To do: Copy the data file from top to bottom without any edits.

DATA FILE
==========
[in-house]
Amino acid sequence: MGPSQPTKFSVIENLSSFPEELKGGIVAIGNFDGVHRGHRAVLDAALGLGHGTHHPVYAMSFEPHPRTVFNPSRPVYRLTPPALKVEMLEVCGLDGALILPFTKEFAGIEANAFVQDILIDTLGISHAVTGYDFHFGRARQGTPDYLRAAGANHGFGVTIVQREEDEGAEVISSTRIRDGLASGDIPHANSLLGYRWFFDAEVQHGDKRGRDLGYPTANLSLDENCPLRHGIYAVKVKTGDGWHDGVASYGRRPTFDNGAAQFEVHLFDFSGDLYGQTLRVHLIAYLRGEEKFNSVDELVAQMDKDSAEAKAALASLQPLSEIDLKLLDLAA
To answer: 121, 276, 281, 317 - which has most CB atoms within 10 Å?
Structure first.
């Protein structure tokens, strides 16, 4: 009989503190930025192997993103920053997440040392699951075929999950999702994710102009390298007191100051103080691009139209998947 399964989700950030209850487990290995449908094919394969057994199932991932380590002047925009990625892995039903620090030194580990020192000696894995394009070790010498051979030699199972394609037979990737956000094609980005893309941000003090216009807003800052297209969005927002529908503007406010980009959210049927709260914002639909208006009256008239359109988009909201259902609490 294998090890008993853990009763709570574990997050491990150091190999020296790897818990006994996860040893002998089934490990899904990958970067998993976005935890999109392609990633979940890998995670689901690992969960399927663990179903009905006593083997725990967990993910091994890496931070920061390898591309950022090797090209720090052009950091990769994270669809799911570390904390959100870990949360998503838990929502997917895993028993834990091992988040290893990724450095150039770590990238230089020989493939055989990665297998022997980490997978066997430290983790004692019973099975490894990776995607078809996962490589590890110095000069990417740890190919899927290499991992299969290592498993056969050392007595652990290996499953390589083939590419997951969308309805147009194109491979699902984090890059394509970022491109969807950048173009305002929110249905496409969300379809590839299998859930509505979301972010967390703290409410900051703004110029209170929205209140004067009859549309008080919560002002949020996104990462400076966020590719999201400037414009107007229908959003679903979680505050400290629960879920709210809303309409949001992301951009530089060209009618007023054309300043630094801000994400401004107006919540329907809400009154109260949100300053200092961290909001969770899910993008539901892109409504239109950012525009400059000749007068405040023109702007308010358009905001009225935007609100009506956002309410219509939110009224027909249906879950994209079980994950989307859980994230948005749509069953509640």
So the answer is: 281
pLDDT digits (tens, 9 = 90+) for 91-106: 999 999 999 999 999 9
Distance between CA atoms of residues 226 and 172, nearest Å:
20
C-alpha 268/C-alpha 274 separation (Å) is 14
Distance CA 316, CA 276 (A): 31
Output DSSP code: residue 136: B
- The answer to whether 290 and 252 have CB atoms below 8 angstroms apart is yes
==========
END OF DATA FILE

[in-house]
Amino acid sequence: MGPSQPTKFSVIENLSSFPEELKGGIVAIGNFDGVHRGHRAVLDAALGLGHGTHHPVYAMSFEPHPRTVFNPSRPVYRLTPPALKVEMLEVCGLDGALILPFTKEFAGIEANAFVQDILIDTLGISHAVTGYDFHFGRARQGTPDYLRAAGANHGFGVTIVQREEDEGAEVISSTRIRDGLASGDIPHANSLLGYRWFFDAEVQHGDKRGRDLGYPTANLSLDENCPLRHGIYAVKVKTGDGWHDGVASYGRRPTFDNGAAQFEVHLFDFSGDLYGQTLRVHLIAYLRGEEKFNSVDELVAQMDKDSAEAKAALASLQPLSEIDLKLLDLAA
To answer: 121, 276, 281, 317 - which has most CB atoms within 10 Å?
Structure first.
């Protein structure tokens, strides 16, 4: 009989503190930025192997993103920053997440040392699951075929999950999702994710102009390298007191100051103080691009139209998947 399964989700950030209850487990290995449908094919394969057994199932991932380590002047925009990625892995039903620090030194580990020192000696894995394009070790010498051979030699199972394609037979990737956000094609980005893309941000003090216009807003800052297209969005927002529908503007406010980009959210049927709260914002639909208006009256008239359109988009909201259902609490 294998090890008993853990009763709570574990997050491990150091190999020296790897818990006994996860040893002998089934490990899904990958970067998993976005935890999109392609990633979940890998995670689901690992969960399927663990179903009905006593083997725990967990993910091994890496931070920061390898591309950022090797090209720090052009950091990769994270669809799911570390904390959100870990949360998503838990929502997917895993028993834990091992988040290893990724450095150039770590990238230089020989493939055989990665297998022997980490997978066997430290983790004692019973099975490894990776995607078809996962490589590890110095000069990417740890190919899927290499991992299969290592498993056969050392007595652990290996499953390589083939590419997951969308309805147009194109491979699902984090890059394509970022491109969807950048173009305002929110249905496409969300379809590839299998859930509505979301972010967390703290409410900051703004110029209170929205209140004067009859549309008080919560002002949020996104990462400076966020590719999201400037414009107007229908959003679903979680505050400290629960879920709210809303309409949001992301951009530089060209009618007023054309300043630094801000994400401004107006919540329907809400009154109260949100300053200092961290909001969770899910993008539901892109409504239109950012525009400059000749007068405040023109702007308010358009905001009225935007609100009506956002309410219509939110009224027909249906879950994209079980994950989307859980994230948005749509069953509640």
So the answer is: 281
pLDDT digits (tens, 9 = 90+) for 91-106: 999 999 999 999 999 9
Distance between CA atoms of residues 226 and 172, nearest Å:
20
C-alpha 268/C-alpha 274 separation (Å) is 14
Distance CA 316, CA 276 (A): 31
Output DSSP code: residue 136: B
- The answer to whether 290 and 252 have CB atoms below 8 angstroms apart is yes